In this post we’re going to cover how to actually manage your preventive controls, once they’ve been determined by your risk assessment.
This means managing both the preventive controls and also those preventive controls, which are CCPs. To do this, first let’s remind ourselves about the difference between a preventive control and a CCP…
- CCP = “a point, step, or procedure in a food process at which control can be applied and is essential to prevent or eliminate a food safety hazard or reduce such hazard to an acceptable level.”
- PC = “Procedures, practices, and processes to significantly minimize or prevent the hazard.”
So, a preventive control minimizes the hazard. A CCP is where control can be applied and eliminates the hazard.
In a typical HACCP plan, you would have a CCP summary which would look something like this:
|CCP||Hazard||Control measure||Critical limit||Monitoring||Correction
|Corrective action procedure
In order to comply with HACCP requirements, a CCP summary will still be required, but now we also need to think about how we manage the preventive controls too.
The level of detail required for a preventive control is less than a CCP. The FDA state that a preventive control must have a procedure, which contains the process to be applied and the frequency at which it should be applied. It also needs to cover the correction required when the procedure highlights a problem and, corrective actions when the procedure has not been adhered to.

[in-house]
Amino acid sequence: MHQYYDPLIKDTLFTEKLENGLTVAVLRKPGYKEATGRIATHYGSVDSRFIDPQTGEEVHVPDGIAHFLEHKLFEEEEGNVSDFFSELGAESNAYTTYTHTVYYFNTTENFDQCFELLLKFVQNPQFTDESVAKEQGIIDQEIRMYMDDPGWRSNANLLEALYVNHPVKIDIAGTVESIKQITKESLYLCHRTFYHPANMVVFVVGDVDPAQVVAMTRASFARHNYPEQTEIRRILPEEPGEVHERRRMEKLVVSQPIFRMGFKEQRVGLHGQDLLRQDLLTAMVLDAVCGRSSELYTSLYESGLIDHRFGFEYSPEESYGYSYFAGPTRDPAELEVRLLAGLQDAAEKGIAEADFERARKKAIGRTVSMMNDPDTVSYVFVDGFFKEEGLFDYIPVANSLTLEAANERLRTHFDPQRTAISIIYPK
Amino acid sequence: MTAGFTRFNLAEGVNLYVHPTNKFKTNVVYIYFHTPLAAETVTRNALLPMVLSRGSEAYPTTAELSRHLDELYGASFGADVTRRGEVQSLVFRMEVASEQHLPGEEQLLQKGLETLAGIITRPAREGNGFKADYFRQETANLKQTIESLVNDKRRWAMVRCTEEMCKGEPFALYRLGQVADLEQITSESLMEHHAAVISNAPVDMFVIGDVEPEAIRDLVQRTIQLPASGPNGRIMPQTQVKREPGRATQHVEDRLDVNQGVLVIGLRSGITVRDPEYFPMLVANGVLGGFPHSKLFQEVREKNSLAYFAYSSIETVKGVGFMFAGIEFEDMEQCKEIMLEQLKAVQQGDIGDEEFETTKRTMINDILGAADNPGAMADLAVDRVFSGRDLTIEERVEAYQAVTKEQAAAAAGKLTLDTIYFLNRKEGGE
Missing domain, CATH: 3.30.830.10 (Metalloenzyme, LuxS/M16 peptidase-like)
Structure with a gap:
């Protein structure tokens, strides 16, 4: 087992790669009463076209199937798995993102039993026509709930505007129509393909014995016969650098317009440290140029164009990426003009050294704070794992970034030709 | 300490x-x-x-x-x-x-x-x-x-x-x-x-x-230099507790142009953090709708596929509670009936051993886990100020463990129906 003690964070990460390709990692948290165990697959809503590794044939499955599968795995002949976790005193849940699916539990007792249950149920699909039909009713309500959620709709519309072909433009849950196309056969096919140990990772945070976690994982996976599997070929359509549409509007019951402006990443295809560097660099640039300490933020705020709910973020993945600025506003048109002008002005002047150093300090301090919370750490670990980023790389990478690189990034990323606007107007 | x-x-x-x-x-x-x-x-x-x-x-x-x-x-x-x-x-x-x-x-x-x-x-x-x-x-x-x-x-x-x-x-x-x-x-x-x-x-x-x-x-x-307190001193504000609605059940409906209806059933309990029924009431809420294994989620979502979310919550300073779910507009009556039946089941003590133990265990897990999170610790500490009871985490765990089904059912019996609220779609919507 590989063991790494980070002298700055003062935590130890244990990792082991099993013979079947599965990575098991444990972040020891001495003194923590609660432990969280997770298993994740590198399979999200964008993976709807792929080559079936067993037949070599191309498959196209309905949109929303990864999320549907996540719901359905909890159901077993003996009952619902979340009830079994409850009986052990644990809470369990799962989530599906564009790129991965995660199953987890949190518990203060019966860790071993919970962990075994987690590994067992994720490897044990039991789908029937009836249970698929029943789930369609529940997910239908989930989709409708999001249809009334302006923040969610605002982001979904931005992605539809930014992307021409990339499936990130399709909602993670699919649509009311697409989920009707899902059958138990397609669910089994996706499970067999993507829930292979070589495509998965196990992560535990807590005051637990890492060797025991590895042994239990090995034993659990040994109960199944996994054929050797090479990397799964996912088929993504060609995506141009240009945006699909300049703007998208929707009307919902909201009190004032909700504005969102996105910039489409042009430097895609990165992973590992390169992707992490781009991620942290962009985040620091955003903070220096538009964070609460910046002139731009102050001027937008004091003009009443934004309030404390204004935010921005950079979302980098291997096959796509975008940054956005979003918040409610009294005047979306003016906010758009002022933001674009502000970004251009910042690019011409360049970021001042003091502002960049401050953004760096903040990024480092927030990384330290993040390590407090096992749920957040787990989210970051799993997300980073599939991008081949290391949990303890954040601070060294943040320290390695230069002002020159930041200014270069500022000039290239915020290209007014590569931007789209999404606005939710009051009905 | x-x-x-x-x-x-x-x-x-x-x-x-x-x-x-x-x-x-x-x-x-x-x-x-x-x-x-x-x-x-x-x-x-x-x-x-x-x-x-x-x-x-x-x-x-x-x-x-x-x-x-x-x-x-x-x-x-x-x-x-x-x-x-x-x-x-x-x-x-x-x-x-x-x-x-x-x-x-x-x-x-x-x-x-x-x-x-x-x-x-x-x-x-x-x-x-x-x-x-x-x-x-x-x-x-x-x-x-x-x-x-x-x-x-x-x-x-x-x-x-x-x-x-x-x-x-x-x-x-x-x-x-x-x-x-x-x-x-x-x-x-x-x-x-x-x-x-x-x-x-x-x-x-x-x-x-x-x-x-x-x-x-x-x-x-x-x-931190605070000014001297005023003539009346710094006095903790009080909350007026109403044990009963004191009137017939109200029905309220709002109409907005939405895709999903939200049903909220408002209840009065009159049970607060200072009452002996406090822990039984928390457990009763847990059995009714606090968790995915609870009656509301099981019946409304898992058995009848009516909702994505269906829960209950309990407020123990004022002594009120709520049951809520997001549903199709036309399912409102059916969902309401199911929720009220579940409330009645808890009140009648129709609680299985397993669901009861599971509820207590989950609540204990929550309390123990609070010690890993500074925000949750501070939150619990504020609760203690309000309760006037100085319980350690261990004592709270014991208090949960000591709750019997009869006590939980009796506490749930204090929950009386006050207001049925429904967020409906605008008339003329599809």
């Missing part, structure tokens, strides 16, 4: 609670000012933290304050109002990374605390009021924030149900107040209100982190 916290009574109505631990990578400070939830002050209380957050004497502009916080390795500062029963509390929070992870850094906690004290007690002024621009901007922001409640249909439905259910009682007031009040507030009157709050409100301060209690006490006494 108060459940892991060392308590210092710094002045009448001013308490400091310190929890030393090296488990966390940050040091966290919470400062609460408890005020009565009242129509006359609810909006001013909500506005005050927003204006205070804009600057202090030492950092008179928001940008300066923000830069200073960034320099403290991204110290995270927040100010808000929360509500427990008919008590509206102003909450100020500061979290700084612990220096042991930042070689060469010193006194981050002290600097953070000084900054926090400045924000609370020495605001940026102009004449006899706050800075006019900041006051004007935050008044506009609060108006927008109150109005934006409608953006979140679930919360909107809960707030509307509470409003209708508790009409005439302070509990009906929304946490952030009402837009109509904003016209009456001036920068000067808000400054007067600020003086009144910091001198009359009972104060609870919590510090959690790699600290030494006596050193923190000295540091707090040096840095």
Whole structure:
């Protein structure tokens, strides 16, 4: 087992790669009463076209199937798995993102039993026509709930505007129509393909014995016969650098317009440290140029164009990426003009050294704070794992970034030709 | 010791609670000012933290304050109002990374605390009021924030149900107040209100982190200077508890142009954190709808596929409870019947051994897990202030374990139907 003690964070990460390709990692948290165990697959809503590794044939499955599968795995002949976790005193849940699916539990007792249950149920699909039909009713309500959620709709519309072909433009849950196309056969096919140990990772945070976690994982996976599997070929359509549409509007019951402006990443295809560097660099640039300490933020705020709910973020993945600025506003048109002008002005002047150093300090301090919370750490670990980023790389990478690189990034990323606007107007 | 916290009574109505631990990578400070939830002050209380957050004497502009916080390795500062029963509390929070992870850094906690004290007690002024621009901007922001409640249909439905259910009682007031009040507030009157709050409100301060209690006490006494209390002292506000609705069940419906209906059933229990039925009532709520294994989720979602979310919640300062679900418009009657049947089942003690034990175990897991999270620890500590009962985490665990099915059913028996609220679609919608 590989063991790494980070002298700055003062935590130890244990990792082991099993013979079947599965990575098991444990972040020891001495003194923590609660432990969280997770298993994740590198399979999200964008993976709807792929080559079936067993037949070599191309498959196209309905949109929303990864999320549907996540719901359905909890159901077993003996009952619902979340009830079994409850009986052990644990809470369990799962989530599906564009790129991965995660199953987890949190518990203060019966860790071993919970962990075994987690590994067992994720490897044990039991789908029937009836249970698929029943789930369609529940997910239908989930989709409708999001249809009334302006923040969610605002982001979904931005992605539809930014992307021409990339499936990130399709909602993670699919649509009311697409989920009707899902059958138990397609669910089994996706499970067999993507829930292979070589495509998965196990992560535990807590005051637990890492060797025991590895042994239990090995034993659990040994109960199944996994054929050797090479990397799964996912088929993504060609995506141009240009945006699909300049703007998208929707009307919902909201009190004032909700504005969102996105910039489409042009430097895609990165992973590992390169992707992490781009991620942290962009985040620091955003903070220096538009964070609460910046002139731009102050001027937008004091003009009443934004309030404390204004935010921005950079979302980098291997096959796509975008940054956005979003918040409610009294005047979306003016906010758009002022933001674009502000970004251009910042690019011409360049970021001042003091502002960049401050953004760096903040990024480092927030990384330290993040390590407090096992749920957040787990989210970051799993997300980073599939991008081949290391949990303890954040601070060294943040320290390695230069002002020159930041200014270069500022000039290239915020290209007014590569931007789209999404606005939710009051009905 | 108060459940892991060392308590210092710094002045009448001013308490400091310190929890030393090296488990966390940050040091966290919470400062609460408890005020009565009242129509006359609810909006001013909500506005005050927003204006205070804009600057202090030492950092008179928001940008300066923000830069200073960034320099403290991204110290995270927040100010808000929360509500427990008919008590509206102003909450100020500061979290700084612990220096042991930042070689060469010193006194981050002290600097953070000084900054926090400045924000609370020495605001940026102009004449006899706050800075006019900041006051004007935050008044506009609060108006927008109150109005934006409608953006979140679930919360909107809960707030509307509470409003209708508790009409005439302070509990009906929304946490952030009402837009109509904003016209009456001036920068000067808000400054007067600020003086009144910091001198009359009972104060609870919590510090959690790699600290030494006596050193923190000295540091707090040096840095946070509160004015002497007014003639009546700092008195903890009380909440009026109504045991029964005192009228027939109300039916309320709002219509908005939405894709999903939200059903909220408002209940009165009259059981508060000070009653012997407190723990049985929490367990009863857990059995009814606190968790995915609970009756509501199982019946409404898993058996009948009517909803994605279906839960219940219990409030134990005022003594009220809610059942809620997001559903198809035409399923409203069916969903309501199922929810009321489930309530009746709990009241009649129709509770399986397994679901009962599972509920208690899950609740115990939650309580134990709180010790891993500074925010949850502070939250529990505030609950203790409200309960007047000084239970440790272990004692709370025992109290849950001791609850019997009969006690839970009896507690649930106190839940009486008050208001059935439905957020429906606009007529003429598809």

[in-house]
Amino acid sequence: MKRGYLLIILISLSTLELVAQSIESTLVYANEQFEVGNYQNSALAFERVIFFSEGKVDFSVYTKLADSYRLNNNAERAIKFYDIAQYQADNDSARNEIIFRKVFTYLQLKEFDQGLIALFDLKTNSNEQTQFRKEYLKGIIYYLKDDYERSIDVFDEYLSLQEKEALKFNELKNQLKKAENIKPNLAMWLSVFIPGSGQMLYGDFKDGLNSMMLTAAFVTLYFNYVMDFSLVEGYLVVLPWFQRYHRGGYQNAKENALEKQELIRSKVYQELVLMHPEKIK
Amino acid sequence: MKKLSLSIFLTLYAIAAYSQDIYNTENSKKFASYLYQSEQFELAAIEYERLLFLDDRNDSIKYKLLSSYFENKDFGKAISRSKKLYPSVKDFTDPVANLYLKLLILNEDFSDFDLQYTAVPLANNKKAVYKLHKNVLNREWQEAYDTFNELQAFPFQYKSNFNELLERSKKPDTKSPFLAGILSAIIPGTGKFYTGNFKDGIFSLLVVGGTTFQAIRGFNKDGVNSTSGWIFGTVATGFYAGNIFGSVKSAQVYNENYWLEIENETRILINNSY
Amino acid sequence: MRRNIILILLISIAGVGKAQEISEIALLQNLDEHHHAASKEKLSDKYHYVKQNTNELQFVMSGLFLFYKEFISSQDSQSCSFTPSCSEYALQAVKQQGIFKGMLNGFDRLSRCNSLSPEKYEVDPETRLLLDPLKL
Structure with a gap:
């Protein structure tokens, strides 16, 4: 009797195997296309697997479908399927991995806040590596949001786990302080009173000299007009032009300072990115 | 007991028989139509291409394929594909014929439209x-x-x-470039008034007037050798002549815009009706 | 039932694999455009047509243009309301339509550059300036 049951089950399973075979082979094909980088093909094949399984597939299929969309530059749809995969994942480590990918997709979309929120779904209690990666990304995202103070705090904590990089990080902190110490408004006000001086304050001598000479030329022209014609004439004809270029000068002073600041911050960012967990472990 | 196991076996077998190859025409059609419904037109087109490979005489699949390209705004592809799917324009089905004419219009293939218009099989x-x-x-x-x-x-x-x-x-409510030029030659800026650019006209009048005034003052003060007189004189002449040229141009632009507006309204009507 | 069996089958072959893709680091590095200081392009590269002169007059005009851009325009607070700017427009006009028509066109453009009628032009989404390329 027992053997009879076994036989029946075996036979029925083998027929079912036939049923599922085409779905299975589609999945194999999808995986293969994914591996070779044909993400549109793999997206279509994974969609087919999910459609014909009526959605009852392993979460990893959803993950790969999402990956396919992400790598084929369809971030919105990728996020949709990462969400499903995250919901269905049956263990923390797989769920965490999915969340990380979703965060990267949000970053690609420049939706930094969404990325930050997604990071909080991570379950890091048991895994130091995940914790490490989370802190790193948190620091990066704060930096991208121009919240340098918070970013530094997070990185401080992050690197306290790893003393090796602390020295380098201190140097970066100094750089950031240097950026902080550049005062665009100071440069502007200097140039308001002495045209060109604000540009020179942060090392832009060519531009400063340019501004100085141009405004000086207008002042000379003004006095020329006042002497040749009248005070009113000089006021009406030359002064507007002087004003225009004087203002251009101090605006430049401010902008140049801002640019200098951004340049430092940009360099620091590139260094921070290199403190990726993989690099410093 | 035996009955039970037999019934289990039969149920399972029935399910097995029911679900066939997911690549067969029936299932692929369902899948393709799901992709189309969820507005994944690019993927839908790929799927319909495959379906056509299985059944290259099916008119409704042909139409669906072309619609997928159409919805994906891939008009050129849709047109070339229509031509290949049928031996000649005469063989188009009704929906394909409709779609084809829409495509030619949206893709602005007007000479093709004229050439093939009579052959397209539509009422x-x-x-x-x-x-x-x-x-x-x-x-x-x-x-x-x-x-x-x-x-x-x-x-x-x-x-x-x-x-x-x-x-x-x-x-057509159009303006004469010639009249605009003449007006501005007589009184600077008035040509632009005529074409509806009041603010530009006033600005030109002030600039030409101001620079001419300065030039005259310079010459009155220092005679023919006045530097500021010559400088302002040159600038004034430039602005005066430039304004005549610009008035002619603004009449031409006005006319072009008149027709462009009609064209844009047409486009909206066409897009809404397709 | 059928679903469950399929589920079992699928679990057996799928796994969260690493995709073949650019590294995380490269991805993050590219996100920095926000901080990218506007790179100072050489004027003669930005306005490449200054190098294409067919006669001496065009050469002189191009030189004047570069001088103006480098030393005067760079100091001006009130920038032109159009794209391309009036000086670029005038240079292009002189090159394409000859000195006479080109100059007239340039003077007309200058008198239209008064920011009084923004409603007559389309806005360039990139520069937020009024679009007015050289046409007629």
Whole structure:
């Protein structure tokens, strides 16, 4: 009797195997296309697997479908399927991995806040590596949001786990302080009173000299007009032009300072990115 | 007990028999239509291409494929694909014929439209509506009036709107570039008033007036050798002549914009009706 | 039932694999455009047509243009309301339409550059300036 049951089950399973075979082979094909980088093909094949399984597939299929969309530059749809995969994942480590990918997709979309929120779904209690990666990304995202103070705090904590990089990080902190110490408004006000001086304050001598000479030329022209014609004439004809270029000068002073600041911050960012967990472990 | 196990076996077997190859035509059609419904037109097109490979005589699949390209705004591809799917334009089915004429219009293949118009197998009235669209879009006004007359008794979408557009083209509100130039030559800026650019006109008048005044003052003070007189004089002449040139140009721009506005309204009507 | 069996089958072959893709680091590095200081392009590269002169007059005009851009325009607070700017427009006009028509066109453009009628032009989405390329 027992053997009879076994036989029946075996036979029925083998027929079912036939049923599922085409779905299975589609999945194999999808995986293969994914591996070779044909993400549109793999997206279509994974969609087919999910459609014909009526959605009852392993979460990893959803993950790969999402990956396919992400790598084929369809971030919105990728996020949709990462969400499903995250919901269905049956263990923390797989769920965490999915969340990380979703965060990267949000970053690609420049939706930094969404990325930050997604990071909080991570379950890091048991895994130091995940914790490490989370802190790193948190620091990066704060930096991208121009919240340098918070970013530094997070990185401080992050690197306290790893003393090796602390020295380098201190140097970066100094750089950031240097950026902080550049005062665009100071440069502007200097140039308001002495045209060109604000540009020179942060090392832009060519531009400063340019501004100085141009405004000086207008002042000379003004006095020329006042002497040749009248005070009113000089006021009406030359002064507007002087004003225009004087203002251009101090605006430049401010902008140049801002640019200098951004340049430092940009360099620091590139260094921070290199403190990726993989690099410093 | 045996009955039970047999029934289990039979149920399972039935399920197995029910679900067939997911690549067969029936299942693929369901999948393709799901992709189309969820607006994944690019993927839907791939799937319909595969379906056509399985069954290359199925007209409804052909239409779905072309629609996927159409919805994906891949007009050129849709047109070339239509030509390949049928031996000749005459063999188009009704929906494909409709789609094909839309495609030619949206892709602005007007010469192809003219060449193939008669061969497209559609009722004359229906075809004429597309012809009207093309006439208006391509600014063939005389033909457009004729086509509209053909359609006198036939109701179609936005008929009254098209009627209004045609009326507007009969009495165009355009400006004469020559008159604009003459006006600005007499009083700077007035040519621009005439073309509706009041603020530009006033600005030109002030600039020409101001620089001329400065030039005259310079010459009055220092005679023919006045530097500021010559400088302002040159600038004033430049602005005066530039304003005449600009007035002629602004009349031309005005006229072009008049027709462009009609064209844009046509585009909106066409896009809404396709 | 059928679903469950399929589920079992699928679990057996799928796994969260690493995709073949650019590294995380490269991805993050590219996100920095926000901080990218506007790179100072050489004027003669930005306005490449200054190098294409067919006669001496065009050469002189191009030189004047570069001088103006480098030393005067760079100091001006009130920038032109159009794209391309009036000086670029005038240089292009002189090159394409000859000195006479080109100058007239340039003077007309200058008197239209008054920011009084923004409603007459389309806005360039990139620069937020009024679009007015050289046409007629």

Plus, records would also be required to prove that the preventive control is being managed effectively and these need routinely checking and signing off.
There will be so many preventive controls, that I think to have a preventive control summary in the style of a CCP summary, would create a lot of extra work and also repetition of the information that needs to be in the procedures anyway. I think as part of the HARPC study, when a preventive control is highlighted, the procedure that manages it, should be referenced.
That means that the structure of the procedure is important. It needs to cover off all of the elements required, plus it needs to be used as a training tool and reminder at the point of use.
The procedure needs to cover the following sections:
- The name of the preventive control
- The hazard that it manages
- The process of monitoring
- The frequency of monitoring to be applied
- Who’s responsibility it is to carry out the monitoring
- Reference to the record
- How to correct the process when the monitoring highlights a problem
- Corrective action, when the procedure hasn’t been adhered to
I hope you’ve found that helpful, I’d be keen to know if what I’ve described about would fit into your current systems, or if you intend to manage your preventive controls slightly differently. Please get involved and let me know.
We've tagged this article as: FSMA
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